After the refusal of the State council in the beginning of 1811 to ratify the project of the rather moderated reform of the Senate, the failure of the plan of Speransky became evident.
The step by step character or the graduality of the reform could not save the situation: the nobility clearly saw the danger of the abolition of the peasants rights. The growing opposition of conservatives, there were people from the nearest environment of the king, got so menacing character that Alexander I again appeared in front of the danger of nobility's conspiracy. The personality of the reformer-commoner became the subject of the particular detestation, intrigues and denunciation of the supreme autocracy.
"The Note about ancient and new Russia in its political and civil relations' composed by N.M.Karamzin, and offered to the Imperator by his sister Ekaterina in March 1811, became the ideological theoretical substantiation of the nobility's opposition. Karamzin considered the autocracy as the indispensable condition for the powerfulness and prosperity of Russia. Being subjected to a sharp criticism, all the Speransky's innovations, at the opinion of historian "any innovation in the state's order is wrong", therefore reforms and "patriarchal authority" are not necessary for the country.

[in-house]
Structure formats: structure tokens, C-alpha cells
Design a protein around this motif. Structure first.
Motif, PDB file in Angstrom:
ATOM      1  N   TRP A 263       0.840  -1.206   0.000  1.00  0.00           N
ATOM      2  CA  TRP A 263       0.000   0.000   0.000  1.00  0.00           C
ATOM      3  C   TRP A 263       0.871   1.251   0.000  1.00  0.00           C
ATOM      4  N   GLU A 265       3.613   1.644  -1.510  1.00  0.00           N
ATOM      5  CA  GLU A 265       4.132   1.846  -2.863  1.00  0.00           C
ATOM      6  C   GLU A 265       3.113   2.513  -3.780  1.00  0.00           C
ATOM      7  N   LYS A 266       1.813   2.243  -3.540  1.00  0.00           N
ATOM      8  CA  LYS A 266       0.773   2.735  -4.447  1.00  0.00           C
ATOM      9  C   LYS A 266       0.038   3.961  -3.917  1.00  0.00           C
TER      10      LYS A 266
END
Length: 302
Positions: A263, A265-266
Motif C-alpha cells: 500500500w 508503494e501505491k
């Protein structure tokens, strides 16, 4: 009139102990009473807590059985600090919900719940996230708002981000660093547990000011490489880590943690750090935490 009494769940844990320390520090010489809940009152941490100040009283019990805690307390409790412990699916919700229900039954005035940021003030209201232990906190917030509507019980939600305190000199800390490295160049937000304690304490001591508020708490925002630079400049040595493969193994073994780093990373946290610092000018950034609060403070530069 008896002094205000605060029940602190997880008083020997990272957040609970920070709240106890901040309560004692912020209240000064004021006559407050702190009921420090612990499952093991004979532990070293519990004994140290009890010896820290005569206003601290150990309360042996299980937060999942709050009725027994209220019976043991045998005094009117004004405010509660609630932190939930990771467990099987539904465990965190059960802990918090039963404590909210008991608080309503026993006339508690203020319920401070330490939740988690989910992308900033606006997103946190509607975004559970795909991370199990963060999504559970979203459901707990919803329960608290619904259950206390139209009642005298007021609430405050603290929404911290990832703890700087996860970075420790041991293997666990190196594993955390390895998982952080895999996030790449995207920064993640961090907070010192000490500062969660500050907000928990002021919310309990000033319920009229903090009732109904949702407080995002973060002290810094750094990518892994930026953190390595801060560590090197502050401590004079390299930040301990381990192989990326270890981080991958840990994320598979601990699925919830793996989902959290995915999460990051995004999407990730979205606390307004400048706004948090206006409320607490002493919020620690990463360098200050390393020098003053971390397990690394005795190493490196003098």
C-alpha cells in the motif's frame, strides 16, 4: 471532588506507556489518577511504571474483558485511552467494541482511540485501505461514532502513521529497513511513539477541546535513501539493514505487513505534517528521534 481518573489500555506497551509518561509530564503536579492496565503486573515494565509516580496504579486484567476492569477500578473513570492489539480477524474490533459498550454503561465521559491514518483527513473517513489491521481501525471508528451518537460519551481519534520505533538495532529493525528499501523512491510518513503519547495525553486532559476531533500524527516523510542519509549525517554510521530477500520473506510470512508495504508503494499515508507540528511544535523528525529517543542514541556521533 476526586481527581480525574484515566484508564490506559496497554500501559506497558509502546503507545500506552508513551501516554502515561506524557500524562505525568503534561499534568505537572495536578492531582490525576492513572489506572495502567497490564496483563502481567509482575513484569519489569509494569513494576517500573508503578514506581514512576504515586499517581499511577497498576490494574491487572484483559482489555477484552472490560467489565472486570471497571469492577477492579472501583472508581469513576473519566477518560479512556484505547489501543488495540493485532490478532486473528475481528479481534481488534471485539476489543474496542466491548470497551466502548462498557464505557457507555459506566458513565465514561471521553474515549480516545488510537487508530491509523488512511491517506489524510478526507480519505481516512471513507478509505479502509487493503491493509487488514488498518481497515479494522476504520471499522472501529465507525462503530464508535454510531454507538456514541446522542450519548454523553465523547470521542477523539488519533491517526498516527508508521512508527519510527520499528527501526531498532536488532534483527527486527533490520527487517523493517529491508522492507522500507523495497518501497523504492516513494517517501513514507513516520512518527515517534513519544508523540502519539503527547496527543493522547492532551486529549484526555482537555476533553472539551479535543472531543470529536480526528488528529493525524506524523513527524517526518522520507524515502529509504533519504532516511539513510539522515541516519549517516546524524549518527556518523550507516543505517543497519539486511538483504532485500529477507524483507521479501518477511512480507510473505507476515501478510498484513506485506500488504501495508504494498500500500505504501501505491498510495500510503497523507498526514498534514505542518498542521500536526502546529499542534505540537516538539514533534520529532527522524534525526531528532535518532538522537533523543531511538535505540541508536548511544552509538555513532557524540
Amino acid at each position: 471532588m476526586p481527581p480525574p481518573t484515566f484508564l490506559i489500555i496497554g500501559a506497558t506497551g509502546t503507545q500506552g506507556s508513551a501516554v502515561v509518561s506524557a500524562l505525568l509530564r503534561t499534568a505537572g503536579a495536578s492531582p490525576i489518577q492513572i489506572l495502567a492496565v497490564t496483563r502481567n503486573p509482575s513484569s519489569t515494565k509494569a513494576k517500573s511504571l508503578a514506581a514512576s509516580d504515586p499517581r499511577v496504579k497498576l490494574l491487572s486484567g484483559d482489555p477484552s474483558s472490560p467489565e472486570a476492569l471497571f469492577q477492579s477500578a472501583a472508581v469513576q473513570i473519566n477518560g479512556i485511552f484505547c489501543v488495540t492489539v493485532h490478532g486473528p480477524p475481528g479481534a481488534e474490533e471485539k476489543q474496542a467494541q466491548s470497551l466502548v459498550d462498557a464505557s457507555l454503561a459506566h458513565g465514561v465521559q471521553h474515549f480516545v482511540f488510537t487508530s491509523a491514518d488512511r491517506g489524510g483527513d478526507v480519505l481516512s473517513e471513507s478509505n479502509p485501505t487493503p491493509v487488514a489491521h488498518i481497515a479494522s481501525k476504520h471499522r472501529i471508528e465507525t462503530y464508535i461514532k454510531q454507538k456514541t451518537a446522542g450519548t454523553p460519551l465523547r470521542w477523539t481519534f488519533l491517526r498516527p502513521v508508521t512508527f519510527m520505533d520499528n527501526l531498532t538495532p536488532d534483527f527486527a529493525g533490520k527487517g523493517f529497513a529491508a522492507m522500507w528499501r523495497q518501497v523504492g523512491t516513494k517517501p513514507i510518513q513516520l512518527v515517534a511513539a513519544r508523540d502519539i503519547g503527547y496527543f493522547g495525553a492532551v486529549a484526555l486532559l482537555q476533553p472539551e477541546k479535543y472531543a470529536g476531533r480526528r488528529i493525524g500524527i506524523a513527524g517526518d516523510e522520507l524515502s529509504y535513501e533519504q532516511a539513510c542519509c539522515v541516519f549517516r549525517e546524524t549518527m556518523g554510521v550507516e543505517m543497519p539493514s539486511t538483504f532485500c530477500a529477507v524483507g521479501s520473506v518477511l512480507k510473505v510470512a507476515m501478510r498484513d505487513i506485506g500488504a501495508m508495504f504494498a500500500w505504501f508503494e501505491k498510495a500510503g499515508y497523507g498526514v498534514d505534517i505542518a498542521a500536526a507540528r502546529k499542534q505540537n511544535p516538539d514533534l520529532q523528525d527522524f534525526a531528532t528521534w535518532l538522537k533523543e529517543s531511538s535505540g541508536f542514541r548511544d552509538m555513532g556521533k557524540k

Alexander I, understanding that the discontent of his internal policy covered the large circles of the society, in the conditions of deterioration of the foreign situation, decided to sacrifice Speransky, and in March 1812 removed him from his post. Speransky was banished to Nizhny Novgorod, and then to Perm, under the supervision of the police.